US President Joe Biden makes surprise visit to Ukraine

The symbolic visit by the US president comes as Ukraine will this week mark the one-year anniversary of Russia's invasion

US President Joe Biden has arrived in Ukraine for a surprise visit to the war-torn nation - his first since Russia invaded.

Mr Biden announced an additional half a billion dollars in support for Ukraine's resistance against Vladimir Putin's Russia, during his meeting with President Volodymyr Zelenskyy at Mariinsky Palace, the president's official residence.

Mr Zelenskyy said the pair spoke about “long range weapons and the weapons that may still be supplied to Ukraine even though it wasn’t supplied before,” but he did not mention any new commitments.

Mr Biden and Mr Zelenskyy were pictured smiling with Ukraine's first lady Olena Zelenska. Credit: AP

The visit came amid a fresh drive by the Ukrainian leader for additional support from the West, with his latest request for fighter jets still being denied by all of Ukraine's allies.

Mr Biden did not respond to that demand in a press conference held at the start of his visit, but he did outline a pledge to stick with Ukraine “as long as it takes”.

“I thought it was critical that there not be any doubt, none whatsoever, about US support for Ukraine in the war,” Mr Biden added.

President Zelenskyy shared a photograph of himself and his American counterpart on his official Instagram account.

President Zelenskyy shared to Instagram a photograph of himself shaking hands with Mr Biden. Credit: AP

A translation of the caption, which was written in Ukrainian, reads: "Welcome to Kyiv! Your visit is an extremely important sign of support for all Ukrainians."

Mr Biden is the latest Western leader to make a war-time visit to the capital, following Labour's Sir Keir Starmer, who visited last week for a meeting with Mr Zelenskyy.

He was pictured walking through Kyiv, in footage which was shared on social media.

Mr Zelenskyy has toured Western nations himself recently, stopping in London and Paris in early February to ask for further air support.

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While the UK is continuing to reject Mr Zelenskyy's pleas for fighter jets, his speech to Parliament appears to have sparked a shifting of position.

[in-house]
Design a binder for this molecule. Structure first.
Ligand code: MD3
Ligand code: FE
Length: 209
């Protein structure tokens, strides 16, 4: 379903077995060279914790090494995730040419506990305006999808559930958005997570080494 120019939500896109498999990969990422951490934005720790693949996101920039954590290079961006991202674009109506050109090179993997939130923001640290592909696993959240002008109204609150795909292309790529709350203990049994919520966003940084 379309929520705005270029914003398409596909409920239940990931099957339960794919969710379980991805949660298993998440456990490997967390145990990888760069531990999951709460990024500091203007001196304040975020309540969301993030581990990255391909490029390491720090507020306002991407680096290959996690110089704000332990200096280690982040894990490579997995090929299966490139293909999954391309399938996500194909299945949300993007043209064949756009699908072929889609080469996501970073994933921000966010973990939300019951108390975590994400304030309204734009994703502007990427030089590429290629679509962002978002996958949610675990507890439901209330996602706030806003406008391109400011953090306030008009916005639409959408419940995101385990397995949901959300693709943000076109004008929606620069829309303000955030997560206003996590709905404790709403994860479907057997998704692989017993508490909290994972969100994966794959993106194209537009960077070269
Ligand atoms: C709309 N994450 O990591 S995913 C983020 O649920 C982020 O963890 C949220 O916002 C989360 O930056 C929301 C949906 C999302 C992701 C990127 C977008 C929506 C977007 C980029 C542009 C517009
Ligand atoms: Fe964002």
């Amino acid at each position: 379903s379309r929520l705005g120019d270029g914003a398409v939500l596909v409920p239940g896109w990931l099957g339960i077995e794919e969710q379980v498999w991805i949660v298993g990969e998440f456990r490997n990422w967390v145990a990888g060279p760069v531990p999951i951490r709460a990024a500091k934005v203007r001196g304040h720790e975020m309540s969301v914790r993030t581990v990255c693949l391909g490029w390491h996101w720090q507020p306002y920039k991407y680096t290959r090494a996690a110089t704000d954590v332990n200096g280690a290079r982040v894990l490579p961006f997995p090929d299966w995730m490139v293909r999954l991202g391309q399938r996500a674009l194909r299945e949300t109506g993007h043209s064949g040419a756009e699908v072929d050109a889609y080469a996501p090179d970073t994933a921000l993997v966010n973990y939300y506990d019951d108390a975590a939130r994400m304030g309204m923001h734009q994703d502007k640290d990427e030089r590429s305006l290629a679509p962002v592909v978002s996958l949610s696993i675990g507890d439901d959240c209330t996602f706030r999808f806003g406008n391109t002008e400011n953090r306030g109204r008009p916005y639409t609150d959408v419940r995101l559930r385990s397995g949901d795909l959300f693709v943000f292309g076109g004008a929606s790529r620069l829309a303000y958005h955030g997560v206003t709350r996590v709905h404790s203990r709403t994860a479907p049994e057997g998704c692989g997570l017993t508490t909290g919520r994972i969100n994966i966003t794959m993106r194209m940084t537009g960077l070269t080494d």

Prime Minister Rishi Sunak said "nothing is off the table" when asked whether he would grant Mr Zelenskyy's wish.

Expanding on the PM's comment, his spokesman said Britain had already promised to train Ukrainian pilots, but added: “What we have not made a decision on is whether we send UK fighter jets."

"Obviously there is an ongoing discussion among other countries about their own fighter jets, some of which are more akin to what Ukrainian pilots are used to.”

Mr Biden tweeted to reiterate his country's support for Ukraine in its battle against Russia, after his visit was made public.

He said: "As we approach the anniversary of Russia’s brutal invasion of Ukraine, I'm in Kyiv today to meet with President Zelenskyy and reaffirm our unwavering commitment to Ukraine’s democracy, sovereignty, and territorial integrity.

"When Putin launched his invasion nearly one year ago, he thought Ukraine was weak and the West was divided.  He thought he could outlast us. But he was dead wrong.

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"Over the last year, the United States has built a coalition of nations from the Atlantic to the Pacific to help defend Ukraine with unprecedented military, economic, and humanitarian support – and that support will endure."

President Biden had been under pressure to make his first visit to Ukraine since Russia invaded a year ago, given several European heads of state had already made visits early in the war.

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His wife Jill visited western Ukraine in May last year.

In June, French President Emmanuel Macron, German Chancellor Olaf Scholz and then Italian Prime Minister Mario Draghi traveled together by night train to Kyiv to meet with Zelenskyy.

Prime Minister Sunak visited Kyiv in November shortly after taking office.